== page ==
Many people think that servers are transient folk who would much prefer to be occupying themselves with more desirable work. However, as the status of the chef has become more elevated, the role of the server or waiter has begun to change too.
It may be disheartening to toilers in the hot kitchen to discover that more folk go to restaurants because the service is good than because the food is fabulous. Guests want to be served, not merely fed.
Now and again there is anguished talk about elevating the public’s perception of servers by including gratuities in the check and, offering a decent salary with benefits and paid vacations. As sensible as this proposal seems on the surface, it continues to face implacable opposition from almost everyone:
Management Says “No”
Managers claim that if the gratuities were added to checks, the public would be shocked (shocked!), at their total bills. This way of thinking seems to suggest that you can fool all the people all the time and that the notion of the expectation of a server’s eager anticipation of a tip will always come as a complete surprise. You might think that the restaurant industry, a cornerstone of the American economy, could figure a way out of this quagmire.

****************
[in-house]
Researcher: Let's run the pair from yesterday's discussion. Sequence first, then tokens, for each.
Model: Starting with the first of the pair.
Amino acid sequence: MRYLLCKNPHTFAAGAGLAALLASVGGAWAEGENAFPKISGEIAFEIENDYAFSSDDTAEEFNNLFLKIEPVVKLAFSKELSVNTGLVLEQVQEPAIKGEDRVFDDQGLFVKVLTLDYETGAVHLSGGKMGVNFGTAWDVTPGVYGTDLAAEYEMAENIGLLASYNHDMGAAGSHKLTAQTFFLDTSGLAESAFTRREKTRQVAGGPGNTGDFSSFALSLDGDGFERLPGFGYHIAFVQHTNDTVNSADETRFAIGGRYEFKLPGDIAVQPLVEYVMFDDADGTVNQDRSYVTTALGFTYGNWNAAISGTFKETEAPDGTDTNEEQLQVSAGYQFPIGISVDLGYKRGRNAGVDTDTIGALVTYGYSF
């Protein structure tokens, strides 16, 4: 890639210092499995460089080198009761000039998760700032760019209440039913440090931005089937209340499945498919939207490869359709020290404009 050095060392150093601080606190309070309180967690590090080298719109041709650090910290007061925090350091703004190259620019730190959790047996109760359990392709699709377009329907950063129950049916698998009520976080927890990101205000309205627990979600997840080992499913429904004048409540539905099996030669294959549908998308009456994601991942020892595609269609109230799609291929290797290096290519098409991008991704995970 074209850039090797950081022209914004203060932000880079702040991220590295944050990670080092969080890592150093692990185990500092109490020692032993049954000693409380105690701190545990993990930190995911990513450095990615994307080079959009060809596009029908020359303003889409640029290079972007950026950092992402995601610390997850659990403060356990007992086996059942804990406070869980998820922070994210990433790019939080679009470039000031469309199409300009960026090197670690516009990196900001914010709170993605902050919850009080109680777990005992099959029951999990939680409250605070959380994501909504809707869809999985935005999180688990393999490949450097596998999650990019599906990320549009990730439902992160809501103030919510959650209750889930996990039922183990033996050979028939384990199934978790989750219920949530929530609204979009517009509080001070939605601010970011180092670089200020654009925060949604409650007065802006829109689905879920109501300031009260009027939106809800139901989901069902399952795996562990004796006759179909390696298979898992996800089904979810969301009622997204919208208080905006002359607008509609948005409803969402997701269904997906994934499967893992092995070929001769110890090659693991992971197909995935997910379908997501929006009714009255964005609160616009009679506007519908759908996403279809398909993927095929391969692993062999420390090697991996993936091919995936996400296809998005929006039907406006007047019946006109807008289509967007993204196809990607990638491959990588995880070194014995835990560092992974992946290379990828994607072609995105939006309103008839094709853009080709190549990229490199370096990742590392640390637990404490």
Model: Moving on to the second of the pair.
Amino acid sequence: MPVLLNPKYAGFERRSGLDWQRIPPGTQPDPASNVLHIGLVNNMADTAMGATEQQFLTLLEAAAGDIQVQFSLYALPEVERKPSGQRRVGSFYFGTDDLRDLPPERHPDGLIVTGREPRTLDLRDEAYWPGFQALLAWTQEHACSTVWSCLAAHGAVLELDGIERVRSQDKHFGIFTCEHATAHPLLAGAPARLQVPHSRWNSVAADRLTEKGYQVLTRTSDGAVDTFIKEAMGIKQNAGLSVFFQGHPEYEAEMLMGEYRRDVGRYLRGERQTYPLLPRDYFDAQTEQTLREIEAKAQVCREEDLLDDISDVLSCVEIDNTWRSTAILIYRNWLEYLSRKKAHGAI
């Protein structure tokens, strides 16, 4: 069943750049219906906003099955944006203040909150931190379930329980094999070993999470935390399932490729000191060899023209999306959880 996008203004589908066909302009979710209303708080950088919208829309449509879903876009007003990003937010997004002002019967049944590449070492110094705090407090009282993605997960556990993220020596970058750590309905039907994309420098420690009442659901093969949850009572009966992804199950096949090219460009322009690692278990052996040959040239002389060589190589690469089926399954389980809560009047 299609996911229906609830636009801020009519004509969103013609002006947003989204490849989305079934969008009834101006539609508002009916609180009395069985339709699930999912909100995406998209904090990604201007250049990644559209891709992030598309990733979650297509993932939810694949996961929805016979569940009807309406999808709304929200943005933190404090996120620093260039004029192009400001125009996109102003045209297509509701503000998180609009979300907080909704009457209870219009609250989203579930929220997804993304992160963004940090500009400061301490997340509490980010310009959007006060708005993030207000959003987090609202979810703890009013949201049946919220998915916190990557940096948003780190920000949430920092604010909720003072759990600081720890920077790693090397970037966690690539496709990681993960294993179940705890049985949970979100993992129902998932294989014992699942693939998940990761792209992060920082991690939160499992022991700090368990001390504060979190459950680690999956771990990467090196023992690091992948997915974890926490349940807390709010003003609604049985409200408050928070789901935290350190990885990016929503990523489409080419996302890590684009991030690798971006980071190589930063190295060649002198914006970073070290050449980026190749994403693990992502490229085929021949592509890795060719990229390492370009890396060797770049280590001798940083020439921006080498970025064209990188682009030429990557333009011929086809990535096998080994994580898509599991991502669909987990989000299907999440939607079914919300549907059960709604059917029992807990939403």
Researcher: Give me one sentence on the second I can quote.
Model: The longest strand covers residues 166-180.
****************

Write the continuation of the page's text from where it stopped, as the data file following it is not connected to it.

Servers Say “No”
Many servers don’t want to change the system. Minimum wage is $7.25 an hour for everyone else, and although many weary servers make only $2.13 per hour in wages, in some exalted palaces of gastronomy—particularly those with grand banquet facilities—they can count on very large gratuities indeed.
Guests say “No.”
There is a notion, too, that guests like to exert their power by grading server performance and deciding whether to leave a gratuity of the customary 20 percent. The total is rarely more. Sometimes it amounts to considerably less.
In most other civilized countries, France included, service is included in the check so that no one need engage in arithmetical speculation.
What do you think? Should gratuities be included in the bill?